David Oswell has written a comprehensive introduction to cultural studies that guides the reader through the field's central foundations and its freshest ideas. This book: - grounds the reader in the foundations of cultural studies and cultural theory: language and semiology, ideology and power, mass and popular culture;- analyzes the central problems: identity, body, economy, globalization and empire;- introduces the latest developments on materiality, agency, technology and nature.Culture and Society is an invaluable guide for students navigating the dynamic debates and intellectual challenges of cultural studies. Its breadth and unparallelled coverage of cutting-edge theory will also ensure that it is read by anyone interested in questions of materiality and culture.`Too often cultural studies discourse seems cut off from wider developments in social theory. As a sociologist with a strong cultural studies sensibility, David Oswell is ideally placed to put this right. Through a series of well-judged and historically nuanced readings of cultural, social theory and critical philosophy, this book provides just the bridge between cultural studies and wider debates that we need' - Nick Couldry, Redaer in Media, Communications and Culture, London School of Economics and Political Science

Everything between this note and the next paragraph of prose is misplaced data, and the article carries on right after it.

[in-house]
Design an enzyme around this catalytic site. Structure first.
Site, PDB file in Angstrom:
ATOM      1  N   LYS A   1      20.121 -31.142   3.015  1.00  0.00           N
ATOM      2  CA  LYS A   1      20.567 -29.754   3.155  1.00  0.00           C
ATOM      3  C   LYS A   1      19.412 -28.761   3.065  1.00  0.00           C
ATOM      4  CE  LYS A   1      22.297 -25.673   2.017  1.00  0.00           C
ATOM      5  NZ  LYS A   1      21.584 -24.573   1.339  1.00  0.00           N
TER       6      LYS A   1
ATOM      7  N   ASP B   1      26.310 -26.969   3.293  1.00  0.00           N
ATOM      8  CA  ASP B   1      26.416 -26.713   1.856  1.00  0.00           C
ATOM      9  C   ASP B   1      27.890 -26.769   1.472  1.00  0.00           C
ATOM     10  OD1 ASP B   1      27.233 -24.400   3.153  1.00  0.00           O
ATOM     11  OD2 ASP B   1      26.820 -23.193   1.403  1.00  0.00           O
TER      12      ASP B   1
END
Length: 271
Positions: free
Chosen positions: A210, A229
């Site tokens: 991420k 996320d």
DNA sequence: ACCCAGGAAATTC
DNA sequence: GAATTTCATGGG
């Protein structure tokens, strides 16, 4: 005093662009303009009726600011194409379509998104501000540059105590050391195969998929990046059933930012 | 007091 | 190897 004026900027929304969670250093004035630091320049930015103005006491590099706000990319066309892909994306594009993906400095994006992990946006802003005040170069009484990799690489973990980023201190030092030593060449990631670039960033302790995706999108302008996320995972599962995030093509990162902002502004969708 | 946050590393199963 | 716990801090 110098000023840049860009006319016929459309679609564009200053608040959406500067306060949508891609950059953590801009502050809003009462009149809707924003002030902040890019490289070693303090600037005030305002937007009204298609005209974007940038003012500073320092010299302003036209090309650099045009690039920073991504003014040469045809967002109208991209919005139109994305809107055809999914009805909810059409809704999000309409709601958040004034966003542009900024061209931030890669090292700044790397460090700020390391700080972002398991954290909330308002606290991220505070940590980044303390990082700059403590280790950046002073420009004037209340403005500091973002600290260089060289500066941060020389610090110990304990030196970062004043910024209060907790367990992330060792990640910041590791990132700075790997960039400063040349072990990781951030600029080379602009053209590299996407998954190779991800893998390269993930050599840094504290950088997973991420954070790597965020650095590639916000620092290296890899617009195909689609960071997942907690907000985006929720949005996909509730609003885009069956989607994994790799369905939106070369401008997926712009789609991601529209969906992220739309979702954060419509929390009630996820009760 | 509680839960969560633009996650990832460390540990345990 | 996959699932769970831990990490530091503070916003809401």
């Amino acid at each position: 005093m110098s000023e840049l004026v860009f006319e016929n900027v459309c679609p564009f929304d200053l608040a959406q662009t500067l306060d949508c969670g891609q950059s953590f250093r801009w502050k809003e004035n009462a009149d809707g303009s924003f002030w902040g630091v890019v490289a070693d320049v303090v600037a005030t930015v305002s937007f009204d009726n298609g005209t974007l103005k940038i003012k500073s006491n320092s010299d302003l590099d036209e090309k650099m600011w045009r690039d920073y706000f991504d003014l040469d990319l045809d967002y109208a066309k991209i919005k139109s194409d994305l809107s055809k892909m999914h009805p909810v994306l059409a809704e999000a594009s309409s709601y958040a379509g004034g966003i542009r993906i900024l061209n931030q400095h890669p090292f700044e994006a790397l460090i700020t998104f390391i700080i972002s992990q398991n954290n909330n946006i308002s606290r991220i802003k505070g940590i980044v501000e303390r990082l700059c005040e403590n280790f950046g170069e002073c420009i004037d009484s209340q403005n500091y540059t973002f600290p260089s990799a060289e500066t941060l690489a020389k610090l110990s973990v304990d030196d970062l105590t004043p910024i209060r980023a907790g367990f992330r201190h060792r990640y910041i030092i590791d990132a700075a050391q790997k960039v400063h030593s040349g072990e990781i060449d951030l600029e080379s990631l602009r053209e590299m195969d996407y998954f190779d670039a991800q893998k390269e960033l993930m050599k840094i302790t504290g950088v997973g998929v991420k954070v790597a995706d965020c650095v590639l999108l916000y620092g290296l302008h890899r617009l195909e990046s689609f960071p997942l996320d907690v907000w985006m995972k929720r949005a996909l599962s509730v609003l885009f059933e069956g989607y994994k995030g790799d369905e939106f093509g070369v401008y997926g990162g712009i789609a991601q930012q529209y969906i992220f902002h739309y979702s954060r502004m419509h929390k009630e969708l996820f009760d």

Popular Culture: From People to Multitude

Popular culture: From people to multitude

The discipline of cultural studies, in its relatively short history, has been concerned to a large extent with popular culture: namely, a form of culture that today carries the connotations of entertainment rather than high art, of ordinariness rather than eliteness, of standardisation rather than individuality, and of commercialism rather than community. Much interest in cultural studies has been predicated on a foregrounding and valorisation of popular culture as a sociological and anthropological, rather than an aesthetic, phenomenon. By and large, cultural studies has not sought to judge the artistic or moral value of popular culture, but to understand its social formation. Although some might claim that such culture can be typified by its ...

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